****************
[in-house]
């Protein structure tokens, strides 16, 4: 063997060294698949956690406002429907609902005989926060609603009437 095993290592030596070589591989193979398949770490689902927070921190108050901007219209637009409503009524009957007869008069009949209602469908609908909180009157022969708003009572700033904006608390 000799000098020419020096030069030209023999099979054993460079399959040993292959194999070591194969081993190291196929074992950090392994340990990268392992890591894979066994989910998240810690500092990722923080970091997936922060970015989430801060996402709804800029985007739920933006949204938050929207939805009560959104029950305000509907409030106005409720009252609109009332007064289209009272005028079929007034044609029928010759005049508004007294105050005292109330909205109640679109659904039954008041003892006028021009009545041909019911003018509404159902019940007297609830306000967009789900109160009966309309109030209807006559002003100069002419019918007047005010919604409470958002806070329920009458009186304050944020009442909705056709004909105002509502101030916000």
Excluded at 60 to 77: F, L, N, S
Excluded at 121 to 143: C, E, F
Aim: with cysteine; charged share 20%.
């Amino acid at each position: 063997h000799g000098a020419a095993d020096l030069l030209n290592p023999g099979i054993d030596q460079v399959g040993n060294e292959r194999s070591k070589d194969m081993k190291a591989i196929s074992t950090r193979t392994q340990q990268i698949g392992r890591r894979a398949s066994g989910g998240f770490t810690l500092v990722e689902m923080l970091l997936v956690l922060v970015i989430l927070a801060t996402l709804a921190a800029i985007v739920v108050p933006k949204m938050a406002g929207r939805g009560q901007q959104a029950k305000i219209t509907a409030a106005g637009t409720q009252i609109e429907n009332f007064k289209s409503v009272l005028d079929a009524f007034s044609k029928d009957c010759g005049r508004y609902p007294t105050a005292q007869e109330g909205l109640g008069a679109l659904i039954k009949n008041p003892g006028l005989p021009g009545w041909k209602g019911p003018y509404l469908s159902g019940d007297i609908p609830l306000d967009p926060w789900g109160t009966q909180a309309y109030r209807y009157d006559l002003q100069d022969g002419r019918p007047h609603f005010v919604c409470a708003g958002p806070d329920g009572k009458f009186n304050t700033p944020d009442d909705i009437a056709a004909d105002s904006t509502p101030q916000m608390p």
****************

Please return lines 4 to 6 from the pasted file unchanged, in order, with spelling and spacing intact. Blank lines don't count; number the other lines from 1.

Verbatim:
Excluded at 121 to 143: C, E, F
Aim: with cysteine; charged share 20%.
């Amino acid at each position: 063997h000799g000098a020419a095993d020096l030069l030209n290592p023999g099979i054993d030596q460079v399959g040993n060294e292959r194999s070591k070589d194969m081993k190291a591989i196929s074992t950090r193979t392994q340990q990268i698949g392992r890591r894979a398949s066994g989910g998240f770490t810690l500092v990722e689902m923080l970091l997936v956690l922060v970015i989430l927070a801060t996402l709804a921190a800029i985007v739920v108050p933006k949204m938050a406002g929207r939805g009560q901007q959104a029950k305000i219209t509907a409030a106005g637009t409720q009252i609109e429907n009332f007064k289209s409503v009272l005028d079929a009524f007034s044609k029928d009957c010759g005049r508004y609902p007294t105050a005292q007869e109330g909205l109640g008069a679109l659904i039954k009949n008041p003892g006028l005989p021009g009545w041909k209602g019911p003018y509404l469908s159902g019940d007297i609908p609830l306000d967009p926060w789900g109160t009966q909180a309309y109030r209807y009157d006559l002003q100069d022969g002419r019918p007047h609603f005010v919604c409470a708003g958002p806070d329920g009572k009458f009186n304050t700033p944020d009442d909705i009437a056709a004909d105002s904006t509502p101030q916000m608390p």